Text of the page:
Google has confirmed that a vulnerability could have left 1.5 billion Google Calendar and Gmail users exposed to a dangerous form of phishing attack.
As Forbes reports, the problem was a result of the close linking between the two services, which allows calendar invitations to be sent by email – even by people you don’t know, and have never spoken to before – and added to your calendar automatically.
If the vulnerability was exploited, it would be possible for a criminal to send a convincing fake calendar invitation to a victim, which they would be likely to click without thinking twice.
These scam invitations could include a malicious link that could not only be used to steal login credentials (like a standard phishing attack), but also to provide other sensitive information, such as how to gain access to a building where the ‘meeting’ is due to take place.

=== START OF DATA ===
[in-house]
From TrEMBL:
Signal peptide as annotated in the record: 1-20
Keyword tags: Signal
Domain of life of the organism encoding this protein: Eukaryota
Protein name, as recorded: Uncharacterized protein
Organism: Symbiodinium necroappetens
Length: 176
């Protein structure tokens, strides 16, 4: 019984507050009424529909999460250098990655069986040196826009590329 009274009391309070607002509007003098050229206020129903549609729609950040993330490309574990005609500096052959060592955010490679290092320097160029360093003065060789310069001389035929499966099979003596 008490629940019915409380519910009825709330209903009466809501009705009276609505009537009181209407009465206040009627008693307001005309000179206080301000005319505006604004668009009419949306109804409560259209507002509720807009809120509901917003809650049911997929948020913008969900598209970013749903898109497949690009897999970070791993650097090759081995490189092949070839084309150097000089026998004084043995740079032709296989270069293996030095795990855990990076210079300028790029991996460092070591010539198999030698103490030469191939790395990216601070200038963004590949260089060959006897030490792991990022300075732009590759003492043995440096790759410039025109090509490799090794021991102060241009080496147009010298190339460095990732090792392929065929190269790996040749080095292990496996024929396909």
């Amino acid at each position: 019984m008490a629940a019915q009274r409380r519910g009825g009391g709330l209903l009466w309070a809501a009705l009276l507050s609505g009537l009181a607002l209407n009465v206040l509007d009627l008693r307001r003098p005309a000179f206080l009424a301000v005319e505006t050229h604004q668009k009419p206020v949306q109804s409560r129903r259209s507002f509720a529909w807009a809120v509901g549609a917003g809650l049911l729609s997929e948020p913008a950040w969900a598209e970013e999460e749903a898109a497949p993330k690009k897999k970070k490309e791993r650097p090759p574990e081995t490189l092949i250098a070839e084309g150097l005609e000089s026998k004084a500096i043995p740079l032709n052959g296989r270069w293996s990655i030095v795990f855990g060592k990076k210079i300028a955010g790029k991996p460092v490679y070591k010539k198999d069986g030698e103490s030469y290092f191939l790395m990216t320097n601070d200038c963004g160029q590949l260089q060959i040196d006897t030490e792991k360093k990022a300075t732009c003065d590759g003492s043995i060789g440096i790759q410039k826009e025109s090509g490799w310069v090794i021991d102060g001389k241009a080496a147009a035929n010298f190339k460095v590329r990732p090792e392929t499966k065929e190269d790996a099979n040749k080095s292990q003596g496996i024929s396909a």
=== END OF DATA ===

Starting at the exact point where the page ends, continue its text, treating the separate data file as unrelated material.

Don’t get caught out
The vulnerability was first exposed in 2017 by security researchers Beau Bullock and Michael Felch of Black Hills Information Security.
This week, Google employee Lesley Pace published a post acknowledging the problem. “We’re aware of the spam occurring in Calendar and are working diligently to resolve this issue,” said Pace. “We’ll post updates to this thread as they become available.”
In the meantime, if you’re concerned Black Hills Information Security has published an extensive guide that you can follow to secure your Gmail and Google Calendar apps from potential attack. As always, though, the most important thing is to always treat unsolicited emails with caution, and not click any links to events that you aren’t expecting.
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